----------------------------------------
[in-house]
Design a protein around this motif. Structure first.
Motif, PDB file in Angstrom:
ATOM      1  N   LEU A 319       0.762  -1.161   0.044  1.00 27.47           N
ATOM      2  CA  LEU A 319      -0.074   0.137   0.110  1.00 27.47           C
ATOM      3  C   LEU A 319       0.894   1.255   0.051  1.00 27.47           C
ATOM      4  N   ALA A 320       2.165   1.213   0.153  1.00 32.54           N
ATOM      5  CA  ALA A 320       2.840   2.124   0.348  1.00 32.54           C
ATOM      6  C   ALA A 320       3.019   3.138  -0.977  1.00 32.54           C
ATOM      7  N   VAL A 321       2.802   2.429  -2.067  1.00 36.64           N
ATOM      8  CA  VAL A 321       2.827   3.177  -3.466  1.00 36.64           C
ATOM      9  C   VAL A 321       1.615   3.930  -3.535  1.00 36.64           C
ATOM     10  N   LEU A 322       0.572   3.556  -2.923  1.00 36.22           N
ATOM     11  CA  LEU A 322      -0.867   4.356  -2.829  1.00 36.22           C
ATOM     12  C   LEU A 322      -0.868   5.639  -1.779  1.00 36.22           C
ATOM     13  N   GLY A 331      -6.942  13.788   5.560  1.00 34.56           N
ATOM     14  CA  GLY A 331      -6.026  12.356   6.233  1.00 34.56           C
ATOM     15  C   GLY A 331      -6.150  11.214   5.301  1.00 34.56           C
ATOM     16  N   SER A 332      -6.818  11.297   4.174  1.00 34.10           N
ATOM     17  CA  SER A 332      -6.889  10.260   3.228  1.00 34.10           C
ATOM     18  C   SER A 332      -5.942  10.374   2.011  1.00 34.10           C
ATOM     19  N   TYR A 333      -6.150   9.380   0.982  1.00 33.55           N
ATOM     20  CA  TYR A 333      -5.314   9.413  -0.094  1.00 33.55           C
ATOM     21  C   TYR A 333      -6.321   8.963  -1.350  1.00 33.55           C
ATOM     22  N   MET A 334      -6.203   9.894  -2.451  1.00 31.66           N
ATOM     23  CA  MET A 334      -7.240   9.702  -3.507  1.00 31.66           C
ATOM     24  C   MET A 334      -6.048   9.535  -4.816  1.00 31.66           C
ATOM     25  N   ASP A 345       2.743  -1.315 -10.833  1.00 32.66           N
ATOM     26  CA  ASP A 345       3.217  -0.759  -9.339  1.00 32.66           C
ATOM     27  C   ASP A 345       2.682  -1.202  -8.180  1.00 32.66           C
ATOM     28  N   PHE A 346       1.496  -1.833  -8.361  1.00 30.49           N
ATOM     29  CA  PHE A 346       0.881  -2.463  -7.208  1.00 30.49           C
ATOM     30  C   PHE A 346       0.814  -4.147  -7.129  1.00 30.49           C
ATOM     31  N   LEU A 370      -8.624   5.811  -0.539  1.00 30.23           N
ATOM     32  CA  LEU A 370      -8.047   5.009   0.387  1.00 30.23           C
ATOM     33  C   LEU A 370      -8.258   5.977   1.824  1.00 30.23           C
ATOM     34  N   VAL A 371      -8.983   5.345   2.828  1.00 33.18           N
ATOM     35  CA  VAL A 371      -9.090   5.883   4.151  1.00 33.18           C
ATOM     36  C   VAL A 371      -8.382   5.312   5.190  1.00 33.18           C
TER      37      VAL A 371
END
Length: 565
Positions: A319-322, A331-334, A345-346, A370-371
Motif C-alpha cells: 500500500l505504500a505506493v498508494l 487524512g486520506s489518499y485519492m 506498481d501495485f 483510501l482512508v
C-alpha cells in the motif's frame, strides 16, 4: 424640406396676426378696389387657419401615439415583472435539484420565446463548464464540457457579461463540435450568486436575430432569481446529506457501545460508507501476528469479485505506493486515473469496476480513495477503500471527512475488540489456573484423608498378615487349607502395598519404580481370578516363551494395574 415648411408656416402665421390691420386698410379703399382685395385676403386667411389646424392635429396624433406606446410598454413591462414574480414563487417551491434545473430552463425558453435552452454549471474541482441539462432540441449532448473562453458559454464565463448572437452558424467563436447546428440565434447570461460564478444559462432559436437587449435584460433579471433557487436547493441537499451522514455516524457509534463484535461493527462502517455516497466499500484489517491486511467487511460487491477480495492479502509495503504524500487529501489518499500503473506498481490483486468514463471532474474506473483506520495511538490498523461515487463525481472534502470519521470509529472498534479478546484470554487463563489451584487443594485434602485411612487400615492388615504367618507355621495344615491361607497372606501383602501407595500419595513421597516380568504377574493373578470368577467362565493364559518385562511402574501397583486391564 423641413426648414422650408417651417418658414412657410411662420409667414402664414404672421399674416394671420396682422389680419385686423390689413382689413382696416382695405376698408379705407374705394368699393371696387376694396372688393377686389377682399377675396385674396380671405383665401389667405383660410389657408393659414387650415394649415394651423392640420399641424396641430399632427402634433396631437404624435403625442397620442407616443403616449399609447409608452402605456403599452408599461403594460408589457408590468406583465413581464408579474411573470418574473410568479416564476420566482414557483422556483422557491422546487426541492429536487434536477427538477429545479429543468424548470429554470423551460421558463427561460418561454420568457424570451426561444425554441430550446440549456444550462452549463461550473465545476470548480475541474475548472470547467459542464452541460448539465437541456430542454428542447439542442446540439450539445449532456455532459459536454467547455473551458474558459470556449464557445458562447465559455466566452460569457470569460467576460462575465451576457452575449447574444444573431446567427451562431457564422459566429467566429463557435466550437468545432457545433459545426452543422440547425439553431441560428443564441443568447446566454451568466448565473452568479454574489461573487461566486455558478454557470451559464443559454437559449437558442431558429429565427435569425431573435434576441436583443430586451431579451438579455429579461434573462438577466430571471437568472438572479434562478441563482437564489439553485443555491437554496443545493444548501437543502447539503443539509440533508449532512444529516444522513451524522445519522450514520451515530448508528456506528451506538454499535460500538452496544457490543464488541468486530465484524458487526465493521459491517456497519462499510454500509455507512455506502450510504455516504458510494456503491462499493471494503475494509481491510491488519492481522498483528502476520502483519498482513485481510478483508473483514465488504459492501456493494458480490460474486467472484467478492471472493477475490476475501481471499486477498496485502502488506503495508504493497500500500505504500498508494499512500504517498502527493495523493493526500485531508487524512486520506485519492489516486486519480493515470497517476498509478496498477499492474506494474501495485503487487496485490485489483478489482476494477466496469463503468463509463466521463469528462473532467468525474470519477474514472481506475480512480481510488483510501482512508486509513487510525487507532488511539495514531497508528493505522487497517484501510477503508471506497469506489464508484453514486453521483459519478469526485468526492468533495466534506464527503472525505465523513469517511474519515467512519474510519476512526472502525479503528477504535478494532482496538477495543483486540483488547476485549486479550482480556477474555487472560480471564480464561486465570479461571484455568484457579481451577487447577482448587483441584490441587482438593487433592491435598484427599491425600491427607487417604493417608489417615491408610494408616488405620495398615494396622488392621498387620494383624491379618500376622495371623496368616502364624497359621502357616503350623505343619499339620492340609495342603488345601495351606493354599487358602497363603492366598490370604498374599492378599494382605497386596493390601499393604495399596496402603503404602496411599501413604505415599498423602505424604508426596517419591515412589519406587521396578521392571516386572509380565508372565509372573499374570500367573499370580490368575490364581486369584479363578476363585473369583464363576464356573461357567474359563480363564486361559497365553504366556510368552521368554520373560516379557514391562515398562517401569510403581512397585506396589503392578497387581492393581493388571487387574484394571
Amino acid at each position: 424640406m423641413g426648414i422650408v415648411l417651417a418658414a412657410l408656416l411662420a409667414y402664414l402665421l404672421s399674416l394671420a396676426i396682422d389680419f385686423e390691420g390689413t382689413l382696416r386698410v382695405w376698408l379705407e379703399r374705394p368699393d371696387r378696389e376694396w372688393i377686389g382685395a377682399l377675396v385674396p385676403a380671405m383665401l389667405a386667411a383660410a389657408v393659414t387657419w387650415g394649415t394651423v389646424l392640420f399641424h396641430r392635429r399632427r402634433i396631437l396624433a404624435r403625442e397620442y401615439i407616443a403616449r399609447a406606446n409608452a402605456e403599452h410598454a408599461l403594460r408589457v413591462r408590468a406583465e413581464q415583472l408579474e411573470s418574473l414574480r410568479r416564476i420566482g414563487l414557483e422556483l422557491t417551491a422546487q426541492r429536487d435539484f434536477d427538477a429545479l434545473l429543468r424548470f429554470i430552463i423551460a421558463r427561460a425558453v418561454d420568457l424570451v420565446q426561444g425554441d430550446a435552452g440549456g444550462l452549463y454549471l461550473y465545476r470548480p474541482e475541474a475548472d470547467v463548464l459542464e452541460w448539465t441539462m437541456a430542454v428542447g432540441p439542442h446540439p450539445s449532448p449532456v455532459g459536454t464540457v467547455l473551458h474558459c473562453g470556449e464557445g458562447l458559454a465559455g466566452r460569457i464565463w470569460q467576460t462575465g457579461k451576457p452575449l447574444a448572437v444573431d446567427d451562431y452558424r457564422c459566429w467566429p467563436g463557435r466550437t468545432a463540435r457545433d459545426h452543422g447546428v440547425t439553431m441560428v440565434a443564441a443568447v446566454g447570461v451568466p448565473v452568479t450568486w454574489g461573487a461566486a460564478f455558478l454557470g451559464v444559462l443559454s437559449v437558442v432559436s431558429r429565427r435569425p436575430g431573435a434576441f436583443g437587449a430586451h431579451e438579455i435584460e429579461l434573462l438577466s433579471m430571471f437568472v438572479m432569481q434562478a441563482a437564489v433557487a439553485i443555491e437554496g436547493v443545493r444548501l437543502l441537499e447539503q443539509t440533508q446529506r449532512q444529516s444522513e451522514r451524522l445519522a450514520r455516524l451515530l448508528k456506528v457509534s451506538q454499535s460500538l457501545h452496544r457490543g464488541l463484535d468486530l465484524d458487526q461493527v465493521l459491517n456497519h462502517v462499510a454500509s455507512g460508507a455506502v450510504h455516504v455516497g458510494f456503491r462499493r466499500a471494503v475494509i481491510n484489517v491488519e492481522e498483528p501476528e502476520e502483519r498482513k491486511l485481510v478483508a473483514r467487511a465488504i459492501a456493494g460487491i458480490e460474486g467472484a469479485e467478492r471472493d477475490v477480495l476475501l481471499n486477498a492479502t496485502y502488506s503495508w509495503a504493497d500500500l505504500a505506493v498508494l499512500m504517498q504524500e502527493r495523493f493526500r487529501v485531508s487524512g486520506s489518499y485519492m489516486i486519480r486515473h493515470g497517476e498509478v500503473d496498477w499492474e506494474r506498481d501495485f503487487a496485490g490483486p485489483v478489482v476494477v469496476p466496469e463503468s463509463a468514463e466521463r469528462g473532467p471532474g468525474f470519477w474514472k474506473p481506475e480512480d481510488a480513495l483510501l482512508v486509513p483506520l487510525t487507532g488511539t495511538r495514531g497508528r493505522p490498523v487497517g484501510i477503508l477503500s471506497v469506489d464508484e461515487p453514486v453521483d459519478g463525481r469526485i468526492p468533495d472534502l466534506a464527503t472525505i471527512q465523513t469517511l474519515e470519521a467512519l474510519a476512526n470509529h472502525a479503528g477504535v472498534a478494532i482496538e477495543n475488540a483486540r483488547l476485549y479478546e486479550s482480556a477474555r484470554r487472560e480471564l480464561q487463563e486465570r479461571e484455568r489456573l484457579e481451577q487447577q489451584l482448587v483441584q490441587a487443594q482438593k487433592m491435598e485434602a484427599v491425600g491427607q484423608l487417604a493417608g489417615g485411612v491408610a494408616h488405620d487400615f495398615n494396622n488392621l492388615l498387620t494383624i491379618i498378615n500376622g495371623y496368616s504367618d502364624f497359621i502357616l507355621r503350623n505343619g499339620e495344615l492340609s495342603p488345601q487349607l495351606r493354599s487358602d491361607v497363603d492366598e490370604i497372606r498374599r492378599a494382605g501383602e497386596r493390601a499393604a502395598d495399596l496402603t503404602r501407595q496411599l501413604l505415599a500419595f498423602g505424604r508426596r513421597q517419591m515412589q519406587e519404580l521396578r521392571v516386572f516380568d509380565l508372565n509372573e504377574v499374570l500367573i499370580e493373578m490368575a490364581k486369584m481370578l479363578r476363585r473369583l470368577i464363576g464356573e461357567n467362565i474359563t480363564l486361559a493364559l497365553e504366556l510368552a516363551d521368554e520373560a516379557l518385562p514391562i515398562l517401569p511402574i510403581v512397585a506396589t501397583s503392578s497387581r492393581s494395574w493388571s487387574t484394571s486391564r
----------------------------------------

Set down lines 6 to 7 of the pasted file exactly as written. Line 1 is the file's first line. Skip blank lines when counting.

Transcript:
ATOM      3  C   LEU A 319       0.894   1.255   0.051  1.00 27.47           C
ATOM      4  N   ALA A 320       2.165   1.213   0.153  1.00 32.54           N